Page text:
This article originally published by INX Software, 12 February 2018.


By Doug Wright


I wrote recently about safety leadership, and the need to have influential safety leaders who are separate from management. It is also vital to have safety leaders positioned at every job site, in every department, and in every work team.

If this seems unattainable, remember, anyone can be a safety leader. Safety leaders do not rule by authority; instead, their conduct influences co-workers to improve their own standards.

It’s important to create a sustainable safety culture that gives any workforce the right skill sets, mindsets and tools, rather than by paying lip service by setting more rules or paper trails in place. Safe Work Australia suggests the following ways for management to engage and consult in a two-way process:

  • Talk to each other about health and safety matters.
  • Listen to their concerns and raise yours.
  • Seek and share views and information.
  • Consider what your workers say before you make decisions.
  • Share relevant work health and safety information with workers.
  • Give workers a reasonable opportunity to express their views and raise health or safety issues.
  • Give workers a reasonable opportunity to contribute to the decision-making process relating to the health and safety matter.
  • Take account of workers’ views.
  • Tell workers about the outcomes of any consultation and in a timely matter.


Management should support the above processes and decisions made by safety leaders and empower them to guide the workforce to strong safety performance.

Safety leadership is more than a way to prevent and mitigate untoward events. There are also benefits that spring from efficient safety leadership. These may not be immediately obvious to the organisation. Have you considered the following advantages of an excellent safety culture?

  • The organisation’s reputation and standing is improved amongst clients and suppliers.
  • Business continuity is improved due to avoidance of incidents, accidents, breakdowns and process failures.
  • Lost time, frequency of minor injuries, ‘near misses’ and property damage are all reduced.
  • Less time is spent recording and investigating incidents.
  • Insurance premiums may be reduced.
  • There is an improvement in the workforce’s safety behaviour.
  • The organisation has a better overall economic performance.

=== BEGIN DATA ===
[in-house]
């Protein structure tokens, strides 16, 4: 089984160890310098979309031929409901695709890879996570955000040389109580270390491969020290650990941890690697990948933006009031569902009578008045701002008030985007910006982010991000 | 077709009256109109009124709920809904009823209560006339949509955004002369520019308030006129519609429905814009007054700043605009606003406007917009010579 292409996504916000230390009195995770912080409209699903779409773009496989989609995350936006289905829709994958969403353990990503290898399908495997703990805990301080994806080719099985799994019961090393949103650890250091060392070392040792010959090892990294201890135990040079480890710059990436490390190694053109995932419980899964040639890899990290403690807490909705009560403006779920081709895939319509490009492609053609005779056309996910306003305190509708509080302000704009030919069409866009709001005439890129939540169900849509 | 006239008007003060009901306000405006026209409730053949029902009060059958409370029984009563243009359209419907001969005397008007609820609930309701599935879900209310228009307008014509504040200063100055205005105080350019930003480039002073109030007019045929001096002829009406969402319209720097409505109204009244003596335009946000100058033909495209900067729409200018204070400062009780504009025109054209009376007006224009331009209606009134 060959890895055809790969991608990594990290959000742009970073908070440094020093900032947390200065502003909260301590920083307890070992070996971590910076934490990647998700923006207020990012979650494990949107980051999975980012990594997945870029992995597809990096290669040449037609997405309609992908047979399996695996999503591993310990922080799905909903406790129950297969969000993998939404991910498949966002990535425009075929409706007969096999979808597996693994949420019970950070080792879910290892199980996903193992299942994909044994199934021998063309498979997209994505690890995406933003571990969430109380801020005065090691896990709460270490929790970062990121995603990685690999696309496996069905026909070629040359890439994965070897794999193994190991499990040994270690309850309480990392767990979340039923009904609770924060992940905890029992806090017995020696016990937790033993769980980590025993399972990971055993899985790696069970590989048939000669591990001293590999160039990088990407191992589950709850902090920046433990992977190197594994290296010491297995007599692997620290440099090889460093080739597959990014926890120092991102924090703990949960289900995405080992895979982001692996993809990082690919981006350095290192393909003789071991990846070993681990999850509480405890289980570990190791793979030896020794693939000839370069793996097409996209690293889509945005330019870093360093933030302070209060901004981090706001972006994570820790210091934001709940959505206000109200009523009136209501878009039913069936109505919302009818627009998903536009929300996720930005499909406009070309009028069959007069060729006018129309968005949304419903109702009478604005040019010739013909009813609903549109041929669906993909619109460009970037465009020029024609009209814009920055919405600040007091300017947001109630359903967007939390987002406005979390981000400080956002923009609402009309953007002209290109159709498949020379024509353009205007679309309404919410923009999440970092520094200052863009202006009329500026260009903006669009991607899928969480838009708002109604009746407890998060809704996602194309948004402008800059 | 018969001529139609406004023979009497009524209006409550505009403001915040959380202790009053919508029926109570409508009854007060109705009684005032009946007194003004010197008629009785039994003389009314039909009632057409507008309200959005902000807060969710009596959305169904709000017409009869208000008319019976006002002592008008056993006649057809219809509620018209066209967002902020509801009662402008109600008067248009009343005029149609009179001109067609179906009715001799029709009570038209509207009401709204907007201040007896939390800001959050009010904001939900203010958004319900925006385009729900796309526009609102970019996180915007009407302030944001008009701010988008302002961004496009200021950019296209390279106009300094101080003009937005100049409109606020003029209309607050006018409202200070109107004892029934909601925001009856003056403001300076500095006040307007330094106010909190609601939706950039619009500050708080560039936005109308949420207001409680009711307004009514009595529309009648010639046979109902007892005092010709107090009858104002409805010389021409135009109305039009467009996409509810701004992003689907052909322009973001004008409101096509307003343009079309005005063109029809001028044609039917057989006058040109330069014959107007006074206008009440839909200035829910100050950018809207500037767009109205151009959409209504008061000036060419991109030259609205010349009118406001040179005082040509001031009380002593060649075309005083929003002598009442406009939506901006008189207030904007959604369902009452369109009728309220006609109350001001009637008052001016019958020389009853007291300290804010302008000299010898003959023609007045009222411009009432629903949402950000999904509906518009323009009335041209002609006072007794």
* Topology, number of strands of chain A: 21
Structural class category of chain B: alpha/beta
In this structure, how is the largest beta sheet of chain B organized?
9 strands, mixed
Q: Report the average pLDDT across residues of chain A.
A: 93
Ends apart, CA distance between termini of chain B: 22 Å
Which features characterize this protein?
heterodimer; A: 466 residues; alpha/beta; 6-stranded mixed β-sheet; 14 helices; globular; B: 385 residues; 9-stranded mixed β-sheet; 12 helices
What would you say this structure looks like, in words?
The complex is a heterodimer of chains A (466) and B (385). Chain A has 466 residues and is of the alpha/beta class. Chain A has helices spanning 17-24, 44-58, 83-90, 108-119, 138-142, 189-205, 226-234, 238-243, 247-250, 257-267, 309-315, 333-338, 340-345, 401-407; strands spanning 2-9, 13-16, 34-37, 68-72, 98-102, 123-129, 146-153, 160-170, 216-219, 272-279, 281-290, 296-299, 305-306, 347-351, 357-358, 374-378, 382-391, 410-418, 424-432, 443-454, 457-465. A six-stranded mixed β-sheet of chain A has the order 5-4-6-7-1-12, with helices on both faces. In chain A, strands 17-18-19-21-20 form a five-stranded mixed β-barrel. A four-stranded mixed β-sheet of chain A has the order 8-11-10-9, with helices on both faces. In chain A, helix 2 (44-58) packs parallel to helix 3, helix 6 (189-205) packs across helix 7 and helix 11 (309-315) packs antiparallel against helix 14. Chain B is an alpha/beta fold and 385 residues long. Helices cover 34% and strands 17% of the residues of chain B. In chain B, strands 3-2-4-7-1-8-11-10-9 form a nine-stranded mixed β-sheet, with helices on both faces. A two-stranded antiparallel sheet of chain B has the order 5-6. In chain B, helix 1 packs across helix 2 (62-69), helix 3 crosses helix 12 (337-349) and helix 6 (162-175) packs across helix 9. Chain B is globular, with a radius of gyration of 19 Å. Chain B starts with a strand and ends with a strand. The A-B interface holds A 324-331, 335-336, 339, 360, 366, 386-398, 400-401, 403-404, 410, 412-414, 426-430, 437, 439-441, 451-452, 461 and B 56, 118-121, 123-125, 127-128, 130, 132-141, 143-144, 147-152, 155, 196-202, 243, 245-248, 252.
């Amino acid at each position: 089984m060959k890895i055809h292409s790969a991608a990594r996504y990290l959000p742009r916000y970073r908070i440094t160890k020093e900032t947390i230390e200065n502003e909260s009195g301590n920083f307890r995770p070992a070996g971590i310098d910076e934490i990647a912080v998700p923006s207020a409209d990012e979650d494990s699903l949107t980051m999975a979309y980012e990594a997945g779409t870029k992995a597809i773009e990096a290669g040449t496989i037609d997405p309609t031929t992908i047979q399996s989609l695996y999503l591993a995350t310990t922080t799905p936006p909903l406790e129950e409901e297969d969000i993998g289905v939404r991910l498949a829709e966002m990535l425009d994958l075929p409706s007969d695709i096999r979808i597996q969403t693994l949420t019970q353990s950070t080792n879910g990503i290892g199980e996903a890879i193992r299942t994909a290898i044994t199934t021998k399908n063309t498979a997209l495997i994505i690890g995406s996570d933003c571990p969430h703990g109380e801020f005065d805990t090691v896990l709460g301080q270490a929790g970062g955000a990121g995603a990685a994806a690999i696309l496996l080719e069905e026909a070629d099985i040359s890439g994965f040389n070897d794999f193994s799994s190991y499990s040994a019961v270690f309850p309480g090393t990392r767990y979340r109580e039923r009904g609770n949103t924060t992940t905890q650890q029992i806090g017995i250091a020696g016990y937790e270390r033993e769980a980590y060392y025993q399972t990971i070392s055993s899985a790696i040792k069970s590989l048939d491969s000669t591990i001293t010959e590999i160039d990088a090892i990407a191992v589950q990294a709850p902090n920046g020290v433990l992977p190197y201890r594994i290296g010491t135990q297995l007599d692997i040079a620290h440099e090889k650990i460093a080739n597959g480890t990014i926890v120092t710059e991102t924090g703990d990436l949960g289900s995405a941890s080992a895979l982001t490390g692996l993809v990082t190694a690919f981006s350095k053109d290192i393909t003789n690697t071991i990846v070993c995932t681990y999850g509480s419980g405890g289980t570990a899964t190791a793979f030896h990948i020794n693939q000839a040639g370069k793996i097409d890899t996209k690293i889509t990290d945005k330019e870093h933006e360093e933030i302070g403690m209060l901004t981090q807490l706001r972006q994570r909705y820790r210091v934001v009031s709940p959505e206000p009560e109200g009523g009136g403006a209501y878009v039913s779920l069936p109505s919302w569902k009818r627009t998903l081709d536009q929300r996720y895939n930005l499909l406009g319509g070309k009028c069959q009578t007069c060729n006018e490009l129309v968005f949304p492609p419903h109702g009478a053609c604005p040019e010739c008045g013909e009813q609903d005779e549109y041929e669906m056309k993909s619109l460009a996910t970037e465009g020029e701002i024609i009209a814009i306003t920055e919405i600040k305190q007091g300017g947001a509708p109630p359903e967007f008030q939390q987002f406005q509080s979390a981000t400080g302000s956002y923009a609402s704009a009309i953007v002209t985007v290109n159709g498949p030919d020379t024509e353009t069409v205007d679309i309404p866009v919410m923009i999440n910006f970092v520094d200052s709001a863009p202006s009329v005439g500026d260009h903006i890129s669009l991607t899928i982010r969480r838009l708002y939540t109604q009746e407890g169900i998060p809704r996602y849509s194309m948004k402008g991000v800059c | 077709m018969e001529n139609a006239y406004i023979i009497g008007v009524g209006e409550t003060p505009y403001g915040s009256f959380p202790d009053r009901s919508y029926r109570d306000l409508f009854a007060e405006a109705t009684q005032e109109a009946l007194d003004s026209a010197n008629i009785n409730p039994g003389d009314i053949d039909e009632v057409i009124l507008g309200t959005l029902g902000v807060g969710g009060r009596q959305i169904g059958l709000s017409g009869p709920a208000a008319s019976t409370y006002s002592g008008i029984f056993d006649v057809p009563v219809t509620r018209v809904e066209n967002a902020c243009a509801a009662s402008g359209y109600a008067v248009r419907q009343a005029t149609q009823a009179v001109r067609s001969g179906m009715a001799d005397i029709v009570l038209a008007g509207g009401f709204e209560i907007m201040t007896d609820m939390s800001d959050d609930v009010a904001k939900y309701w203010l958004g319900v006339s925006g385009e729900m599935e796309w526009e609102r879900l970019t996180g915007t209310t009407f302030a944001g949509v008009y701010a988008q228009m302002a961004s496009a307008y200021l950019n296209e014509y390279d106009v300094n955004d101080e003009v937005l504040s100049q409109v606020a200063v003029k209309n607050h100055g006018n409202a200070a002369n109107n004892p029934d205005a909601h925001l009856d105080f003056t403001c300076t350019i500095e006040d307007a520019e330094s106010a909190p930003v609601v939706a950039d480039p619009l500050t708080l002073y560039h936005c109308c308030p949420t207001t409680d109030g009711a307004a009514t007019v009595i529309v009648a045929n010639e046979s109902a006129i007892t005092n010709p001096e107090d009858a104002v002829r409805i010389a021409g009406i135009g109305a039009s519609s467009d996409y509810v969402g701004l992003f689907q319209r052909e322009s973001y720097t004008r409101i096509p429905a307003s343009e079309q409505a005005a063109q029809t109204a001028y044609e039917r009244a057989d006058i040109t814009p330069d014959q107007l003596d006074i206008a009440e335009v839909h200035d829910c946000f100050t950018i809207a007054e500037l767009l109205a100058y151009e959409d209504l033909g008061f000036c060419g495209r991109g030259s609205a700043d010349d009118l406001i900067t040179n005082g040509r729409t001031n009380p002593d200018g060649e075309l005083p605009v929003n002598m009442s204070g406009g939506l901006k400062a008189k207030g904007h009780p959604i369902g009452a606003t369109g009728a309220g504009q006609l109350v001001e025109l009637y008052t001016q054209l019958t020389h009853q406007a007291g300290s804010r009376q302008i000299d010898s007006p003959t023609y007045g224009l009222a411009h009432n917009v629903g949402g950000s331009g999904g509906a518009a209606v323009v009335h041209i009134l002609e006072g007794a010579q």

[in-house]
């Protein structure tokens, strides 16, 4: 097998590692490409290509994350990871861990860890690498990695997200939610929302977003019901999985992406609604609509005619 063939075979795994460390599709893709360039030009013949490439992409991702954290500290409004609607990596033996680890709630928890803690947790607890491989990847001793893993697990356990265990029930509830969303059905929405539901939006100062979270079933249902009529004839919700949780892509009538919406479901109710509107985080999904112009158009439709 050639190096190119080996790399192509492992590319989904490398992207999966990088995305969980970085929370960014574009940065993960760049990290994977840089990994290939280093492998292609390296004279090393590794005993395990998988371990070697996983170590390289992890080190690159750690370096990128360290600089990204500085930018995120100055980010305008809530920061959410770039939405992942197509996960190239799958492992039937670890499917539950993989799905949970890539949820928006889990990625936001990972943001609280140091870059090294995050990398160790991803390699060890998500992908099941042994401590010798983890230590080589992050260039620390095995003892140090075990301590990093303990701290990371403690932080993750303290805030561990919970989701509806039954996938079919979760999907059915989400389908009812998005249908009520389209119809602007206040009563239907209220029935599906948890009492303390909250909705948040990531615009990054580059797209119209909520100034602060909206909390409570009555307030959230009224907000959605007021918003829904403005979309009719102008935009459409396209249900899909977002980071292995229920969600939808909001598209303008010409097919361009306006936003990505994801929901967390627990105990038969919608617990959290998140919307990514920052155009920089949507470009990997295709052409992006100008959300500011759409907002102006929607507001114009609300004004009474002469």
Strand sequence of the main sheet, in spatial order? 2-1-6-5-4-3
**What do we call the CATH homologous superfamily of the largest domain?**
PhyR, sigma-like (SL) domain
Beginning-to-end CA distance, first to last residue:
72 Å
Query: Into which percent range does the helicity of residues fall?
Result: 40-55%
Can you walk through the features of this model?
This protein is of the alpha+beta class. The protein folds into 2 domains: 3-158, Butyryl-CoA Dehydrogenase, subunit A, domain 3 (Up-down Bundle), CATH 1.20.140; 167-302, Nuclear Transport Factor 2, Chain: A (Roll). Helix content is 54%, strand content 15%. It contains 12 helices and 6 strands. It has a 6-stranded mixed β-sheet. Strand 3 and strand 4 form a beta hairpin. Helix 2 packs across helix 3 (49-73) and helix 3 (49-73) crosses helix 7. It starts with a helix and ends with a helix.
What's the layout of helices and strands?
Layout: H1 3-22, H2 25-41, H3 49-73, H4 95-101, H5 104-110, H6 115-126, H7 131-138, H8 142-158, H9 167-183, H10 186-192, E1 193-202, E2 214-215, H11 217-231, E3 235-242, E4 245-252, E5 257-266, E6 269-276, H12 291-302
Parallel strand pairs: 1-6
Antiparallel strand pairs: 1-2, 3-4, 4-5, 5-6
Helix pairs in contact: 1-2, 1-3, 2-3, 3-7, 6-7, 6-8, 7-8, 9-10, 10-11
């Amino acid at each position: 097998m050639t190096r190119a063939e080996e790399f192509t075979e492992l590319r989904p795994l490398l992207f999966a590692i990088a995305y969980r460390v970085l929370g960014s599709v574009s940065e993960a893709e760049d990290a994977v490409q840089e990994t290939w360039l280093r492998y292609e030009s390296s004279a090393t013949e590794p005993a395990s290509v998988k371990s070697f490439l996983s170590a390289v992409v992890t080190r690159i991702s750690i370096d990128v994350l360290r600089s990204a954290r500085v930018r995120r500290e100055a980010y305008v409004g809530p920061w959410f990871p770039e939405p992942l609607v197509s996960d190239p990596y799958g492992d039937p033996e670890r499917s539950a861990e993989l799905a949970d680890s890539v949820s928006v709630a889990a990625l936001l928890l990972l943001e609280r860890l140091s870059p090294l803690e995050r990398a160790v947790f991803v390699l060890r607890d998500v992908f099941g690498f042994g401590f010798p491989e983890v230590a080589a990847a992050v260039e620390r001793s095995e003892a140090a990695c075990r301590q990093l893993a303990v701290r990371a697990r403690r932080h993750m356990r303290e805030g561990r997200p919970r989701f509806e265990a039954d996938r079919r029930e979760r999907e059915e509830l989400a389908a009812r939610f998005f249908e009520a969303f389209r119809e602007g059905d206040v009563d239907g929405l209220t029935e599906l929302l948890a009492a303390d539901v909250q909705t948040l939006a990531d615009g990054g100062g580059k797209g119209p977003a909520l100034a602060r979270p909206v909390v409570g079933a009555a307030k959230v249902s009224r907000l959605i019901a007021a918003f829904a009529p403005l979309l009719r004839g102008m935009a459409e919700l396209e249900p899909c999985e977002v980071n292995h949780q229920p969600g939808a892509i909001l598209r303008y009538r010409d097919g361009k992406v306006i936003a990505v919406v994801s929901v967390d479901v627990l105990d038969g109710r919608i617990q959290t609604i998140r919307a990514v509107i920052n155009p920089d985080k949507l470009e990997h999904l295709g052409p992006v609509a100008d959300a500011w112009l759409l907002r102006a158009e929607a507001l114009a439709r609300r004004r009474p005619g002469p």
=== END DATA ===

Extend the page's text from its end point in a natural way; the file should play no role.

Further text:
Encourage people to take personal responsibility for safety by setting expectations for each layer (senior, middle, front-line management, and employees) and link these to the organisation’s goals. Safety leadership should become a corporate value: emphasise this with safety leadership training.


Each safety leader’s effect on company culture is critical for the prevention or minimisation of a disaster. In order to achieve efficient process safety, any organisation must attend to the following:

  • Anticipate, recognise and act on any weaknesses that have the potential for disaster.
  • Ensure the right questions are asked and accurate analyses are carried out.
  • Implement and use systems as they are designed to be used with regard to safety.
  • Encourage all workers to show willingness to intervene when issues are small and so prevent them from becoming unmanageable.


These four basics must be developed and maintained over time, often when conflicting priorities seem more urgent. It’s important to recognise that effective safety leaders do not themselves have to be safety experts, but they must know when to ask the right questions and assess information. To do this, they should have good communication and feedback skills, credibility and effective collaboration. And, of course, the ability to influence people.




Doug Wright is a transformed survivor of a head-on near-death vehicle collision. Passionate about helping people overcome their innermost fears, especially when recovering from trauma, Doug has survived to share his courageous story … his motto is “never give up”.  Away from his everyday activities, Doug invests his spare time playing his electric guitar, knocking out an eclectic mix of Eagles hits and fishing for coral trout in Airlie Beach, Northern Queensland.